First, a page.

How to encrypt your hard drive quickly on Windows 11

Dave W. Shanahan


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When you want to encrypt your data, using just a password is not always enough, hackers can always find a way to access your information. Keeping your data secure enough may seem like an uphill battle.

The good news is that you can always use BitLocker to secure your data whether it be on primary or secondary hard drives. BitLocker can be used to protect the data on both internal and external hard drives.

BitLocker doesn’t just function after Windows 11 starts; it can even detect if there is a security issue during your PC’s boot up process.

Encrypt your data

Here’s what you need to do.

1. Open Manage BitLocker (under Control panel)bitlocker1
2. Select the drive you want to protect and click on Turn on BitLocker
3. Select how you want to lock and unlock the drive, either by password or smart card. encrypt
4. Choose where you want to save the recovery key, just in case you forget your password. You can choose to save to your Microsoft account, save to a file, or print your recovery key. encrypt
5. Next, you need to choose whether you want to protect the whole drive, or only the used space. This will determine how fast your drive works once it’s encrypted.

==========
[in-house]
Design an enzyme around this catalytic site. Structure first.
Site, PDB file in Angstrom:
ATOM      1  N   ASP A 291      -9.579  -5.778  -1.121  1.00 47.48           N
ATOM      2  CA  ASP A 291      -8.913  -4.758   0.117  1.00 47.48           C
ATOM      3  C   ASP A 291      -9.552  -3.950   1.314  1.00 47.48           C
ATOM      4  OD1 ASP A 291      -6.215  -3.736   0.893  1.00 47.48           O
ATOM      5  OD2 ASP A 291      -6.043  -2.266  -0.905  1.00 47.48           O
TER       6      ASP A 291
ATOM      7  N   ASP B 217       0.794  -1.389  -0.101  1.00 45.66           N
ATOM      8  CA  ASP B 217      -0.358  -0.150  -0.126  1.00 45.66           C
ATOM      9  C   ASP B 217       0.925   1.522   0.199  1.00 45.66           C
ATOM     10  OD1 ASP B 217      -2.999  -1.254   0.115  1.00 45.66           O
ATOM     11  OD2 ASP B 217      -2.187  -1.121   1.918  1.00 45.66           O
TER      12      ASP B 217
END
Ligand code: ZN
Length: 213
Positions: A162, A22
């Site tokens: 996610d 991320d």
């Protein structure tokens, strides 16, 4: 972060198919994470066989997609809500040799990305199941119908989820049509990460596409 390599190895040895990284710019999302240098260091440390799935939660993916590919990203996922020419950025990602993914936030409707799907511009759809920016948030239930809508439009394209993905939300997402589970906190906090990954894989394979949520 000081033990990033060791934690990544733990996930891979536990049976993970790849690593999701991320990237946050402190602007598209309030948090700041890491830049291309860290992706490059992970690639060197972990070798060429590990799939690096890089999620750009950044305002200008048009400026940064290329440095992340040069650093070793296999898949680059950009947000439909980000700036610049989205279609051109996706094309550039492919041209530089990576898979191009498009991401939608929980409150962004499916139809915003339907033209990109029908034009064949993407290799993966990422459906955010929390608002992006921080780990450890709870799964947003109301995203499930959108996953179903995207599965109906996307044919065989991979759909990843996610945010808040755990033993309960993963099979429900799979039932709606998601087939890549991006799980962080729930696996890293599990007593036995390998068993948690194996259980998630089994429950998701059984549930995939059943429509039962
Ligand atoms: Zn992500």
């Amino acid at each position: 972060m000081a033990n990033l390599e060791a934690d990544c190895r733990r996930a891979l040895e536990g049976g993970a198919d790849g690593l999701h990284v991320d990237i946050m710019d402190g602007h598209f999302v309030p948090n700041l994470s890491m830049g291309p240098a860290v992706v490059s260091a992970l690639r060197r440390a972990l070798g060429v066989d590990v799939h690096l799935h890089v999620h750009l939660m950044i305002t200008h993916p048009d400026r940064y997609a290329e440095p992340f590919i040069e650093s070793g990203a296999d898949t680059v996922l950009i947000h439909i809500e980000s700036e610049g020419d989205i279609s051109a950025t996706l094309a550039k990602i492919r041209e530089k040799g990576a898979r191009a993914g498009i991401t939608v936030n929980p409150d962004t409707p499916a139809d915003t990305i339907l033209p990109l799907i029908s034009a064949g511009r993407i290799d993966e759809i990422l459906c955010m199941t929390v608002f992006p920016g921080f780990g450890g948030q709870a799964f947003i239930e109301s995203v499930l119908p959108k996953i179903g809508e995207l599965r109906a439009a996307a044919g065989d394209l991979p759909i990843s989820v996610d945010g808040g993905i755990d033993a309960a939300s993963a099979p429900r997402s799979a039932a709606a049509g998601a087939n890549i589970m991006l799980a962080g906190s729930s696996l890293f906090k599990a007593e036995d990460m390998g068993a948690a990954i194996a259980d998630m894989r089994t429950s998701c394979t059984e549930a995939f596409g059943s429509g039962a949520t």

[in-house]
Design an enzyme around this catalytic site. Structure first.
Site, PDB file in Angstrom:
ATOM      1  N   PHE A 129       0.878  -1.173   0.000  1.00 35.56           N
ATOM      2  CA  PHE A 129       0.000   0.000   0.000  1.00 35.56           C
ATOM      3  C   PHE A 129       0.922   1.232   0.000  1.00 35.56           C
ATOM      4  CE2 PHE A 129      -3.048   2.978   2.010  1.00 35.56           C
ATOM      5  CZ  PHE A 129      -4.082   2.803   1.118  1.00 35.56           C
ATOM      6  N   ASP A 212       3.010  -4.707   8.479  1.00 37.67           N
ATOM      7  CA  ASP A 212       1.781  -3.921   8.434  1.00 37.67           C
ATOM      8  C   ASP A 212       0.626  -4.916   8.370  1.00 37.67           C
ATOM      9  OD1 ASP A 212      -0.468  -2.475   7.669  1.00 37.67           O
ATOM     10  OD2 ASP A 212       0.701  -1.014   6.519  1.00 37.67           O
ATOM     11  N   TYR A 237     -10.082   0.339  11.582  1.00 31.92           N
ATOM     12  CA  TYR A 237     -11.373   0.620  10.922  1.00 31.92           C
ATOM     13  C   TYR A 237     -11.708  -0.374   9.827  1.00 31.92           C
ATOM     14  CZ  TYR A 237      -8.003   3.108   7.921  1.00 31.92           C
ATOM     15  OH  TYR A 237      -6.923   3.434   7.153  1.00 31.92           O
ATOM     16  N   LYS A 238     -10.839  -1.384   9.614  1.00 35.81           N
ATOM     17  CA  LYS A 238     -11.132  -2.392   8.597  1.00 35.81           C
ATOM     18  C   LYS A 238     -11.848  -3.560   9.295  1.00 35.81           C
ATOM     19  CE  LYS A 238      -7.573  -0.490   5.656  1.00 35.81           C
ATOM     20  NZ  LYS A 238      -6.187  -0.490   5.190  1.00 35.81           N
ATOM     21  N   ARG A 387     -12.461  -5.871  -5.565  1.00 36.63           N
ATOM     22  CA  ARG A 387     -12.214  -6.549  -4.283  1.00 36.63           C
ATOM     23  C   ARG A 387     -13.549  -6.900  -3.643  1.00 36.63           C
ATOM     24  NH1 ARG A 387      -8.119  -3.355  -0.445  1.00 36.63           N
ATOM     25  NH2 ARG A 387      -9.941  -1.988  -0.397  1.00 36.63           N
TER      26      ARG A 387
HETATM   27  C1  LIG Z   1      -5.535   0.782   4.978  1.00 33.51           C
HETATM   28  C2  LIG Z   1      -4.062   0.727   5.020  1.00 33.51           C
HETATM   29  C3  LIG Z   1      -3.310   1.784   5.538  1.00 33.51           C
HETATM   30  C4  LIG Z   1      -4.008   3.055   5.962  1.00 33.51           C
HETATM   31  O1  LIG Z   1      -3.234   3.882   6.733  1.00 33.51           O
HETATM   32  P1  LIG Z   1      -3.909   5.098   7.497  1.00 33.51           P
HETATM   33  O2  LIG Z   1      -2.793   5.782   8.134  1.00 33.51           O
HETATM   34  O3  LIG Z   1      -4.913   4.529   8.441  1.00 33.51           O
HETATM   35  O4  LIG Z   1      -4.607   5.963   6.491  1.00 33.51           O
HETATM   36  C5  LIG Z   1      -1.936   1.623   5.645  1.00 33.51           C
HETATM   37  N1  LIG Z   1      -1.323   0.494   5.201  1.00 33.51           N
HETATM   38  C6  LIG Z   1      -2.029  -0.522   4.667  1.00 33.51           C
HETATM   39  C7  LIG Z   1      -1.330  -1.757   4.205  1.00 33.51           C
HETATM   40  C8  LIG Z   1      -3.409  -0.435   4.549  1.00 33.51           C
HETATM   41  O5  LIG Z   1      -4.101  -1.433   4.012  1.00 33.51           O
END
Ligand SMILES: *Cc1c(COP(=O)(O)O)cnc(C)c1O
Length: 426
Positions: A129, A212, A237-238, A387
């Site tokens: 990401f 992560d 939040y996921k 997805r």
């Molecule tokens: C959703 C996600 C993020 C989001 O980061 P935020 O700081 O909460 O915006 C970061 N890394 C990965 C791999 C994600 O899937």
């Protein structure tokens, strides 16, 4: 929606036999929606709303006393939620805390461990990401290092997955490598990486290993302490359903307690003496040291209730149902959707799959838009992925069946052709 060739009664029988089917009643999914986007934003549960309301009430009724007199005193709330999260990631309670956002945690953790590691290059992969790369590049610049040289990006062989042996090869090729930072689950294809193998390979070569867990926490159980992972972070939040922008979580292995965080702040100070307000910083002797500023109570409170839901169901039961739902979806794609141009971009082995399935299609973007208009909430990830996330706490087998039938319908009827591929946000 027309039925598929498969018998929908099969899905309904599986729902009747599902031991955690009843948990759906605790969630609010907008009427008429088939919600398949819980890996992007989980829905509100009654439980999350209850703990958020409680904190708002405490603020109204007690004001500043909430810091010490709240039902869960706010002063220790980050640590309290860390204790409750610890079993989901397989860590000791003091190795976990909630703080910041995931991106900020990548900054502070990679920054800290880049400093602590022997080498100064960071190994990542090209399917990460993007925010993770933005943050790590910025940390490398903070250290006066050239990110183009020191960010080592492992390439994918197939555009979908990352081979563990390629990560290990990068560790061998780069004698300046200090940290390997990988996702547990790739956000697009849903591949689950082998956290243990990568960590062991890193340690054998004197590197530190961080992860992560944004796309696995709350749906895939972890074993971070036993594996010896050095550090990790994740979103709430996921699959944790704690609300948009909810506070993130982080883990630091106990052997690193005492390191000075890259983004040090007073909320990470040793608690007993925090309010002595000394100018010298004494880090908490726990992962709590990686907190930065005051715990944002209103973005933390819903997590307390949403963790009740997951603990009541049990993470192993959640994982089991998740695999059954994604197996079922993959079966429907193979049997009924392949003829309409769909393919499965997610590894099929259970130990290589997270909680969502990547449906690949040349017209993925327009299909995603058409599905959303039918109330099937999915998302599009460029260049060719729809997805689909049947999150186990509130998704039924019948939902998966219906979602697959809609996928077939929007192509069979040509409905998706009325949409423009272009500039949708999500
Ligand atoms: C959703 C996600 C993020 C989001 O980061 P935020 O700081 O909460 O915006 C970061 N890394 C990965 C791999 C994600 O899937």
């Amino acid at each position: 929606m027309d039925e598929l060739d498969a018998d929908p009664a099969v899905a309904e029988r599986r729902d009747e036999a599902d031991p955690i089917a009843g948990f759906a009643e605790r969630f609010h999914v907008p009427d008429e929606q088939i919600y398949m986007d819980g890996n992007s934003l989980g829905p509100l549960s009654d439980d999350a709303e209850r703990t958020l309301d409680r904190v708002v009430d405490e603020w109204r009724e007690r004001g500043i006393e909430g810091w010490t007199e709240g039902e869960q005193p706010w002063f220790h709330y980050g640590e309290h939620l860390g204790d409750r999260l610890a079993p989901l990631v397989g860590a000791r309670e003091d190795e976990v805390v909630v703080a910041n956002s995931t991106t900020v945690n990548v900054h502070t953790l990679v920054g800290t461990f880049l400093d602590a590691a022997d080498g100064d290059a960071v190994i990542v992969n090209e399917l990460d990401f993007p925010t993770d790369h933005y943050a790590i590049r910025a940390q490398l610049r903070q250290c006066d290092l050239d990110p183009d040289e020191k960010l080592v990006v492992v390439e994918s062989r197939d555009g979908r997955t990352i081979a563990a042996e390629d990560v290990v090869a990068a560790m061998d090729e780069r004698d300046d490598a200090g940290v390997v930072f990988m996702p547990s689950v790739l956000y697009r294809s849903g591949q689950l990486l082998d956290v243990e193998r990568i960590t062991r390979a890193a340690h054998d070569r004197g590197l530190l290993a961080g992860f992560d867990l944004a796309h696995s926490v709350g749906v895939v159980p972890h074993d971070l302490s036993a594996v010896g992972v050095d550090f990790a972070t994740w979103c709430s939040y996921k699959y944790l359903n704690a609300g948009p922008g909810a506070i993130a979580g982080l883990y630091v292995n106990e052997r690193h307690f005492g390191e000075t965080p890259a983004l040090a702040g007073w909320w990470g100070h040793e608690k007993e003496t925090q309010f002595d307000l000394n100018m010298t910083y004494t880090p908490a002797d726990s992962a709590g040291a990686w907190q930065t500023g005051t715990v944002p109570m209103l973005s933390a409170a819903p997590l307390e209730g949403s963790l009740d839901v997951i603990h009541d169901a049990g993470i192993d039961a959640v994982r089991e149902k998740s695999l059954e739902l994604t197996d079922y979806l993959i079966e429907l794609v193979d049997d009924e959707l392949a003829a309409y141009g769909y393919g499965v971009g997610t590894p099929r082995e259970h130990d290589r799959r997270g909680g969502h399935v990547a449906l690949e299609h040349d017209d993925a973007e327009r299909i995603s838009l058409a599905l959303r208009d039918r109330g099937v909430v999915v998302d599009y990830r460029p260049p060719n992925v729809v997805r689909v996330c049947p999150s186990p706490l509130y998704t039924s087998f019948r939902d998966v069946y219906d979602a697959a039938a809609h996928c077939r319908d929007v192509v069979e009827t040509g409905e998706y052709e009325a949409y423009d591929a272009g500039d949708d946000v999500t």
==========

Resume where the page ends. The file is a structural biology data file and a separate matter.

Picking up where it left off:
6. Now, you need to choose which encryption mode to use.
7. Congratulations! You made it to the last step! If you are ready to start the encryption, click Start encrypting.

Now, Windows will work on securing your drive. Once complete, only those with the password will be able to access the drive.
When plugging the drive into another Windows 11 computer, Windows will ask for the password before unlocking the drive. This feature is not limited to Windows 11, a password will still be required even on older computers dating back to Windows XP.

Of course, data encryption does sacrifice the speed of accessing the drive, as well as the speed of file transfers to and from the drive.

Still, the peace of mind you get from knowing that your sensitive data won’t fall into the wrong hands might be worth the compromise.

If you need more information on BitLocker, be sure to check out Microsoft’s extensive BitLocker documentation, which provides more information on configuring BitLocker with different drives and authentication systems.

You may be using BitLocker now without even realizing it. New Windows devices with a TPM enable BitLocker by default if you login using a Microsoft account. Everything occurs in the background when you authenticate, with the TPM enabling BitLocker to authenticate your identity from your Windows password. Your files stay encrypted until you login.

Do you encrypt your hard drives? Let us know in the comments section below.